Masiibadda wadan ku dhacdaa waxay faa’iido u keentaa wadan kale, waa sunaha taariikhda aduunyadda.
Halkaa FURSADO DAHABIYA ayaa ugu jira Somaliland & Somalia waa hadduu Eebe garansiiyo. Weerarkani wuxuu adduunyadda daboolka uga qaaday in aan la isku sii halayn karin Shidaalka Sucuudiga oo la Waayo karo ilbidhiqsiyo gudahood. Shaki kuma jiro Dunida Shidaal la’aan awgeed in Dagaalkii 3aad dhacayo oo Dhaqaale.
Nolosha iyo Shidaalka ayaa ah labo isku xidhan oo sinaba u kala maarmi karin. Sidaasi awgeed, waa In Somaliland qaadaa talaabooyinka ay ugu horaysa In ay la xiriirto Shirkadaha Shell iyo Chevron oo hore sanadihii 1980s maalgalin badan ugu sameeyay soo saarida Shidaalka ka buuxa Somaliland, iyagoo Markaa Shidaalkii heerkii soo saarida uu marayo ay Dagaaladii xorayntu hakad galiyeen.
Hoos ka akhriso jawaabaha Degdega ah ee weerarkaasi ay ka bixiyeen wadamada dhaqaalaha dunida halbawlaha u ah, aad u sii akhri bal dalkastaa mudo intee le’eg ayuu Ku Filaan Karo Kaydka Shidaal ee uu haystaa.
Japan 230 maalmood ayaa kaydkeda shidaaal sii hayn karaa!, Maraykanka iyo Kooriyada Koonfureed waxay amreen In kaydka Shidaalka loo istcmaalo kaliya baahida gudaha wadamadooda. India iyo Shiinaha oo ah dalalka dunida ugu Shidaal iibsi badan waxa ku dhacaya burburkii dhaqaale ee ugu culus haddii xaalada Shidaalka sucuudigu Hoos u dhacan sii socdo.
Early morning on September 14 local time, explosive-toting drones—and possibly cruise missiles—struck Saudi Aramco oil processing facilities in eastern Saudi Arabia. The attack disrupted Saudi Arabia’s total oil output, decreasing it by 5.7m barrels-per-day (bpd) immediately. At Monday’s market open, Brent Crude futures prices spiked 19 percent; the attacks had immediately constrained global oil supply by more than 5 percent.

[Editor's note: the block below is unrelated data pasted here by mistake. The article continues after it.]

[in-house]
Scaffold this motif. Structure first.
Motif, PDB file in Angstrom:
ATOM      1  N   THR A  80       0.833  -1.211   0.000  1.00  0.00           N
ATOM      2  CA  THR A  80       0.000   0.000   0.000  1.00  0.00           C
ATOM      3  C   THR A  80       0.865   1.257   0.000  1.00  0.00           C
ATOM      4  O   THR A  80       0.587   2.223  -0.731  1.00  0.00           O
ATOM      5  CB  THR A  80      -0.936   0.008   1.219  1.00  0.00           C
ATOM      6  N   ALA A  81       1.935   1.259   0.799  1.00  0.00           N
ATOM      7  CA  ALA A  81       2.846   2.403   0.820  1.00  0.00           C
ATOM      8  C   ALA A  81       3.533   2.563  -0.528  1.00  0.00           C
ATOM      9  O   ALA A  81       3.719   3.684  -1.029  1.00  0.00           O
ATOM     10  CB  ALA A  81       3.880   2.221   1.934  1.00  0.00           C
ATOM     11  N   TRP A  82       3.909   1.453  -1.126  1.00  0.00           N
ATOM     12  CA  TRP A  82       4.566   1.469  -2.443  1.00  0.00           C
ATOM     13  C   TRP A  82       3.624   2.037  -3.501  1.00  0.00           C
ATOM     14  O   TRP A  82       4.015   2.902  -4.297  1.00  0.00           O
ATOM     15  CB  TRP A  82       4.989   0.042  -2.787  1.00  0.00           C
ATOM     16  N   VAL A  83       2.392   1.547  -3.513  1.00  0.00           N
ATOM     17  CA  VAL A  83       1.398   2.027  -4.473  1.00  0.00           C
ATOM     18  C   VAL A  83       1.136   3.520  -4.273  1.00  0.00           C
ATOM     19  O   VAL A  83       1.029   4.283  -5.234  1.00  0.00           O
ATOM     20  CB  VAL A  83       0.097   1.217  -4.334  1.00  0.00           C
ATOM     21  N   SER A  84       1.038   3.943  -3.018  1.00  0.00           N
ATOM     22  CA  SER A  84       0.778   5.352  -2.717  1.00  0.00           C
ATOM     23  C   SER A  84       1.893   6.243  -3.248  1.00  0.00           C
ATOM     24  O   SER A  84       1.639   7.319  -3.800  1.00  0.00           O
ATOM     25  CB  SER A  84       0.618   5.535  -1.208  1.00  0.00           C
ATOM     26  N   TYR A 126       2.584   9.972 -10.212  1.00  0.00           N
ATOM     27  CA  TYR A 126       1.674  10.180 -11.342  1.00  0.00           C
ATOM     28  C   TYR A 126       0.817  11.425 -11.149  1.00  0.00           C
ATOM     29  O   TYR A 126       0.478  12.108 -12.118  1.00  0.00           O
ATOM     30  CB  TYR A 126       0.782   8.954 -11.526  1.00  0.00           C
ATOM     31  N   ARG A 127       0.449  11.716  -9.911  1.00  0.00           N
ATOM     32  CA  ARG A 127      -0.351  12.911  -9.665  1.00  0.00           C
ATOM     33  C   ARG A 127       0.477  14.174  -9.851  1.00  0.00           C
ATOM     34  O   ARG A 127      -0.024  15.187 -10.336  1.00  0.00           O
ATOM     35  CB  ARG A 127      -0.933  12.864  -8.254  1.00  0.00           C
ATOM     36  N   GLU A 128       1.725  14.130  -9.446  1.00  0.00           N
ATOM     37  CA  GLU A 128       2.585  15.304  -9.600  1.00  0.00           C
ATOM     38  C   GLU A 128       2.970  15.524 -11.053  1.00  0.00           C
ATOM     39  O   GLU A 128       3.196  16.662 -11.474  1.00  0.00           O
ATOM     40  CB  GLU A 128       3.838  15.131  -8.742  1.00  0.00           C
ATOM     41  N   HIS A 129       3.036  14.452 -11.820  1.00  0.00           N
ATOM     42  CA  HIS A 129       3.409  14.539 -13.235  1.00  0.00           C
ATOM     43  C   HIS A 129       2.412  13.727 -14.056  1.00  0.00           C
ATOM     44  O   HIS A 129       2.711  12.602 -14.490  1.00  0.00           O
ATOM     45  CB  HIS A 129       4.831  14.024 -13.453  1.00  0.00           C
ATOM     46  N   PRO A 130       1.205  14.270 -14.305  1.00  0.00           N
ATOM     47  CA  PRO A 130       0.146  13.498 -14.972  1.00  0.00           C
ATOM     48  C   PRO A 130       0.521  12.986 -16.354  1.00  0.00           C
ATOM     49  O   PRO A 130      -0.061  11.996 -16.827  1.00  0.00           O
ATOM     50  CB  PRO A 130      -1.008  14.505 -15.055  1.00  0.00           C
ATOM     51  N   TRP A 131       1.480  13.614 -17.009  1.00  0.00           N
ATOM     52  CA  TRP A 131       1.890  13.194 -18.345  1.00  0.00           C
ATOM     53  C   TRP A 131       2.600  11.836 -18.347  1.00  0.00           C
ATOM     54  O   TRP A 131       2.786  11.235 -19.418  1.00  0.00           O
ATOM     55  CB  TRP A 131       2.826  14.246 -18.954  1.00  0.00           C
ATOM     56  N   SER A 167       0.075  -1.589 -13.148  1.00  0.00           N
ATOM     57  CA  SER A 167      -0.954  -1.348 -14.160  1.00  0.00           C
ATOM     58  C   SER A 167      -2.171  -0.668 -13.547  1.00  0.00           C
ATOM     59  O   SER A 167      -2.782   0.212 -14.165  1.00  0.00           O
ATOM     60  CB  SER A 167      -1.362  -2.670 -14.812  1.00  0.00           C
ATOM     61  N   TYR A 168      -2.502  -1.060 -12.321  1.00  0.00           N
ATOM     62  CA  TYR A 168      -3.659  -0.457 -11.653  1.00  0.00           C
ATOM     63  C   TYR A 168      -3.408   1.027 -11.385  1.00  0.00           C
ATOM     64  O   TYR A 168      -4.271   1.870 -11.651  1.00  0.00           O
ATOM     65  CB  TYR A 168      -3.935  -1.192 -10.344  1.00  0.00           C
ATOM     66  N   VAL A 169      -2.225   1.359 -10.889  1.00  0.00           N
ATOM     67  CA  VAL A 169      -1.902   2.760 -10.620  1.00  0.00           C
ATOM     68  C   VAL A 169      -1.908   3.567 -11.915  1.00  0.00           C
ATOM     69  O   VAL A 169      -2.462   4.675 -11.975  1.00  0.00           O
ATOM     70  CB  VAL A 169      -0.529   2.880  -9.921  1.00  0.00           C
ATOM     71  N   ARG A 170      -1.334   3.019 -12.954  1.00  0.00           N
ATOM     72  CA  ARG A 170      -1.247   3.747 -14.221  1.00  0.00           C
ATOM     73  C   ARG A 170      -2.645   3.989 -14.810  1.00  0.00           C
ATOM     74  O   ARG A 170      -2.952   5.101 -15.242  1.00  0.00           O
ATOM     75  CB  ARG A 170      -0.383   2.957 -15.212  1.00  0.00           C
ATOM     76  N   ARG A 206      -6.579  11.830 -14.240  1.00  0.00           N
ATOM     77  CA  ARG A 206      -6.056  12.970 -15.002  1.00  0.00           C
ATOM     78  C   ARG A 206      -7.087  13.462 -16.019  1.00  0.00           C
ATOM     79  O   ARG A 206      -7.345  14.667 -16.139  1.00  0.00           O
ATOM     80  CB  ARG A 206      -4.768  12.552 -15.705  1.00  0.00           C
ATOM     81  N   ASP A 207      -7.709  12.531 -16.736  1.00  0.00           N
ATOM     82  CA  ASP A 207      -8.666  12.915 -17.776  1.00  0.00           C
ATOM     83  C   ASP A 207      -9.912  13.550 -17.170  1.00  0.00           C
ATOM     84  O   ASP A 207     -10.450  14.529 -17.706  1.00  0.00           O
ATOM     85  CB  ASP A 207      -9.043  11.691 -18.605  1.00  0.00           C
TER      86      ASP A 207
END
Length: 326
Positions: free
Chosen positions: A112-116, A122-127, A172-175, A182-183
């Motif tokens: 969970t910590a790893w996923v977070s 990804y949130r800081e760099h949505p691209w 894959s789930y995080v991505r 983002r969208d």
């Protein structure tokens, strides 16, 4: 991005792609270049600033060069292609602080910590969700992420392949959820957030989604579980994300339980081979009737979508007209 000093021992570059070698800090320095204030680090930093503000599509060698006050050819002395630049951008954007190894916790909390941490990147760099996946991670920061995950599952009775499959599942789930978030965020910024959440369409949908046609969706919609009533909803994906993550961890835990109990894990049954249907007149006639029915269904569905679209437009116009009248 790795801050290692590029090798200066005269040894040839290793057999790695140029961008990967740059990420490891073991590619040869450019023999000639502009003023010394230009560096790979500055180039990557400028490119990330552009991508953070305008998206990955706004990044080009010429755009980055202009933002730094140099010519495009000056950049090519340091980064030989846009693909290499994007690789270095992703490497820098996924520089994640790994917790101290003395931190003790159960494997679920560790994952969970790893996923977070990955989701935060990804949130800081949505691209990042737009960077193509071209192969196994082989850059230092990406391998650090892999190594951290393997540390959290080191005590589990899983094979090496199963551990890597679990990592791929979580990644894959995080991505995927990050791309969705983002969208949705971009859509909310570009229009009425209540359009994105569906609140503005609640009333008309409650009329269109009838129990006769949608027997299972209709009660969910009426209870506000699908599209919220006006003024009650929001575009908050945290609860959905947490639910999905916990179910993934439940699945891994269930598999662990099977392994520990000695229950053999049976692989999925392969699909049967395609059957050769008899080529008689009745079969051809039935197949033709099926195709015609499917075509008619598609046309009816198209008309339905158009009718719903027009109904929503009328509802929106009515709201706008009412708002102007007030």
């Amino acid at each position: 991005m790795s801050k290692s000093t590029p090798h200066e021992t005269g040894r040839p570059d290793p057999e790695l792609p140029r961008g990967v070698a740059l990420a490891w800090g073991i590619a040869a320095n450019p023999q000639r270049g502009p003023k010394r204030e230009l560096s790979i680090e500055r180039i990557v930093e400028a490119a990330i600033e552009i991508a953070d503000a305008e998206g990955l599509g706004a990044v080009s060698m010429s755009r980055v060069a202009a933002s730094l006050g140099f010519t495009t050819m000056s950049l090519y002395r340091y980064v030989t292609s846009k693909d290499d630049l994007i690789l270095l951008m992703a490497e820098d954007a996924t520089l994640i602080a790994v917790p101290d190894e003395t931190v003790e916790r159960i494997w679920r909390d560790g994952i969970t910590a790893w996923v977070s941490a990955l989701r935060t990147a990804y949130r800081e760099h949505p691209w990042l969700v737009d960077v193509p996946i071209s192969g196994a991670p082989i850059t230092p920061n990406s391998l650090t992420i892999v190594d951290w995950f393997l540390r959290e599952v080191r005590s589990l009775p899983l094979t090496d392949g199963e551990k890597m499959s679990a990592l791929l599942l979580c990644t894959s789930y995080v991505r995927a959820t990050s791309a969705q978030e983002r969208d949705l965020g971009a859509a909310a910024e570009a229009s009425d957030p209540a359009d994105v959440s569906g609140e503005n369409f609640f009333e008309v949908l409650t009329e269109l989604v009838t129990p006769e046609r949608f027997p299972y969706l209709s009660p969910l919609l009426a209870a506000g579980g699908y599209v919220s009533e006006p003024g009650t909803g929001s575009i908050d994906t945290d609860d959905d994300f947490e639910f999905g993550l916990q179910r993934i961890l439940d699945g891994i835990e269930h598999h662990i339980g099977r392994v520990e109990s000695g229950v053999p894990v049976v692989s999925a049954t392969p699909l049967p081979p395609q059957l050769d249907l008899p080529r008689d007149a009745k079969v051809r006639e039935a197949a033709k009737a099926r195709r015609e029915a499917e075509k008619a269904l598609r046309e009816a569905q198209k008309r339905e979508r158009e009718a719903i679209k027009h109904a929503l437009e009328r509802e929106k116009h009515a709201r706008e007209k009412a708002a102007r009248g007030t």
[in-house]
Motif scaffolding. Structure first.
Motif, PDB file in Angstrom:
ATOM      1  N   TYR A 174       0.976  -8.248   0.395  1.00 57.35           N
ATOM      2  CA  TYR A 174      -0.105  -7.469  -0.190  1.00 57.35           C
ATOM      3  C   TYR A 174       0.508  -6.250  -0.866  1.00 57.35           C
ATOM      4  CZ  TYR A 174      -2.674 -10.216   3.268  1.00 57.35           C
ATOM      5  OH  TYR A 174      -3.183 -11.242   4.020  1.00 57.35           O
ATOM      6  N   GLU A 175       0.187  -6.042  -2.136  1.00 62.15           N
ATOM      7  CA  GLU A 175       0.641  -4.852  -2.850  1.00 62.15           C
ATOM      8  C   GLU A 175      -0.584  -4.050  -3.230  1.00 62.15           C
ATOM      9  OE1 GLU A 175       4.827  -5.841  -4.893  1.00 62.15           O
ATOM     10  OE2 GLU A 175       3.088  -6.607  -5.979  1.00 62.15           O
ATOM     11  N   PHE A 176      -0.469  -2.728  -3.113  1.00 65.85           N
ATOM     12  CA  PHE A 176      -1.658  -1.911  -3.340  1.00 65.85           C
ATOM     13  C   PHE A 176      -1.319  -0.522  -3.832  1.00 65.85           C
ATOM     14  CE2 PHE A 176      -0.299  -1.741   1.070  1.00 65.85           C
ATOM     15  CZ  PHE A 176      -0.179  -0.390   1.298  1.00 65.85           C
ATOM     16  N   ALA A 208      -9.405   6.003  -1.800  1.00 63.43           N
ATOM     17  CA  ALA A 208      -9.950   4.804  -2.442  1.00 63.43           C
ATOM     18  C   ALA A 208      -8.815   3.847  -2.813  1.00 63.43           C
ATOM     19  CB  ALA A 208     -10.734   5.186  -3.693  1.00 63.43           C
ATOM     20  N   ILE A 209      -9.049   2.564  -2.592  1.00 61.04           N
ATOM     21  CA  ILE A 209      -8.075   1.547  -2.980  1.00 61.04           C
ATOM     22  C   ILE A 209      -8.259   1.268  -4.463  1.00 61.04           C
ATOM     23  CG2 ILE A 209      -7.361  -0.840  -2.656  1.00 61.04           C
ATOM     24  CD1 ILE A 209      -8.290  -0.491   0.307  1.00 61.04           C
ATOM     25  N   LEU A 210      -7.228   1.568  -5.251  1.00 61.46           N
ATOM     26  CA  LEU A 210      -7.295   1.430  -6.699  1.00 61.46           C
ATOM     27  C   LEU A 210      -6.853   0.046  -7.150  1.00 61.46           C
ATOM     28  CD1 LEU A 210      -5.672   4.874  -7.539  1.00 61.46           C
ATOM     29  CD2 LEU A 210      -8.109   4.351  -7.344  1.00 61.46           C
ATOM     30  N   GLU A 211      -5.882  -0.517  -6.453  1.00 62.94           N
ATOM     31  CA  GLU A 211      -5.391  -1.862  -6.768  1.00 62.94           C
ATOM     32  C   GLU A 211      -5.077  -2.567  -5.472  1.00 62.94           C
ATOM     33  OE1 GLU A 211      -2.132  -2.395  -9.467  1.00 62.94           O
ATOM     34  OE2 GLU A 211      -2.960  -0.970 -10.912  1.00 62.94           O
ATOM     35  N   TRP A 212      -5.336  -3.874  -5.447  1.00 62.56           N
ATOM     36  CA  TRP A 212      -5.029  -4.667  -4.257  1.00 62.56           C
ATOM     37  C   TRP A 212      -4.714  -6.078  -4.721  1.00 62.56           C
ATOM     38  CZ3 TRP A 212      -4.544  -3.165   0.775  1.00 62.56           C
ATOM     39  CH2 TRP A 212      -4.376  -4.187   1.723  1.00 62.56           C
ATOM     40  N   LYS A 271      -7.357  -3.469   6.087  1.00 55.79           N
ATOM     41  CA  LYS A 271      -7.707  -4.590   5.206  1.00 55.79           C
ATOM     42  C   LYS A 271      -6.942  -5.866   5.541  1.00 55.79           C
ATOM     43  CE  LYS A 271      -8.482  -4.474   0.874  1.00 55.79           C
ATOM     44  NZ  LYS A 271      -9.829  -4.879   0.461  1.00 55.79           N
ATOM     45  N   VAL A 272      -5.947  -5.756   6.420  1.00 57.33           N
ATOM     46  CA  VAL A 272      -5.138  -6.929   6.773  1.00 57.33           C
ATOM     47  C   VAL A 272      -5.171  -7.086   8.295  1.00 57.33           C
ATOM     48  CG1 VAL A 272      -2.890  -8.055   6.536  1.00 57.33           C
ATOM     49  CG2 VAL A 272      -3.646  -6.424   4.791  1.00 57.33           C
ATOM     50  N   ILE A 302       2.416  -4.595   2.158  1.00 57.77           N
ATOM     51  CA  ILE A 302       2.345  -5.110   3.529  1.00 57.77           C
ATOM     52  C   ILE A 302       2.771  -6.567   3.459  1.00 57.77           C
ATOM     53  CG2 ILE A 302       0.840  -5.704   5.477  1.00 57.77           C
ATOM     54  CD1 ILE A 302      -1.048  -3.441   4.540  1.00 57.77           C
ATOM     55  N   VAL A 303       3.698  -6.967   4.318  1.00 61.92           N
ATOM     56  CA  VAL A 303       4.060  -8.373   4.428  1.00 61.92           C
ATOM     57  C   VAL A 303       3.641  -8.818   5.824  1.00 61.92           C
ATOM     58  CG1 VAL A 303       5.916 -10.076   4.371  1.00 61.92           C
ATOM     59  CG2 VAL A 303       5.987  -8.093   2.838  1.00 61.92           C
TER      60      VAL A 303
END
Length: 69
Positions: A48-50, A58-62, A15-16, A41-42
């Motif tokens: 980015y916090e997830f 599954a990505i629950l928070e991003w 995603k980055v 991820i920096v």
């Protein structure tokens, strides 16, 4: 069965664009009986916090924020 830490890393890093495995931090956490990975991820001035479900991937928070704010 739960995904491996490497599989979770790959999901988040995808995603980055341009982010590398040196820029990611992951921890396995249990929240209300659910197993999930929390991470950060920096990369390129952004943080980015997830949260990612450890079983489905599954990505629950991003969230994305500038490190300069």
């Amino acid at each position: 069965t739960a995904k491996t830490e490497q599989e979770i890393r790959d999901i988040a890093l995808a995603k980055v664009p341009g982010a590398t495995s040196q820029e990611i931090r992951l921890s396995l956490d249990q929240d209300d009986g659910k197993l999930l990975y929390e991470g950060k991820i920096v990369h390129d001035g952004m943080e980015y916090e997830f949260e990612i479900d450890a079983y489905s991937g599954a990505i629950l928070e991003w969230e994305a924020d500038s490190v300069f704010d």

As of this writing, the United States and Saudi Arabia have not yet definitely attributed the attack, which was claimed by the Yemen-based Houthis. U.S. officials have pointed at Iran, suggesting that the attacks may have come from Iranian territory, overflying Iraq and Kuwait in the process. The details remain indeterminate, but what is clear is that the incident has marked one of the most serious geopolitical acute shocks to global oil prices since the First Gulf War.
Asia’s major oil importers have reacted to the attacks. A sampling of a few of the major regional reactions:
👉🏿 Japan: Japanese Trade Minister Isshu Sugawara said on Monday that Tokyo was monitoring its oil supply and remained prepared to release its reserves if the situation deteriorated. Japan has oil reserves for 230 days of internal consumption.
👉🏿 China: China is the world’s largest importer of crude oil and is treating the recent attacks with the seriousness they deserve. In the months leading up to the attack, Chinese reliance on Saudi Arabia as a supplier had grown as Beijing whittled down its imports from Iran amid growing sanctions and from the United States amid intensifying competition. Beijing has also said that it is unwilling to attribute any blame for the attack without additional “facts”—an attempt to push back on what appears to be an eager effort by the Trump administration to point fingers at Iran.
👉🏿 India: India’s total fuel import bills are likely to rise, according to Singapore’s DBS Banking Group. For the Narendra Modi government, a prolonged price hike in crude may adversely affect the broader economy and intensify the economic headwinds that New Delhi already faces. One of the filips to Modi’s first term economic performance was the decline in global oil prices at the time.
👉🏿 South Korea: Similarly to Japan, South Korea has also said that it will consider the release of domestic strategic oil reserves if the situation continues to worsen. “The government will do its best to stabilize the demand and supply situation and prices, such as considering release of oil reserves if the situation worsens,” the South Korean energy ministry said.
Energy risk for major Asian oil importers has shot up with the weekend’s attack on Saudi Aramco’s oil processing facilities and the commensurate 5 percent-plus drop in global oil supply.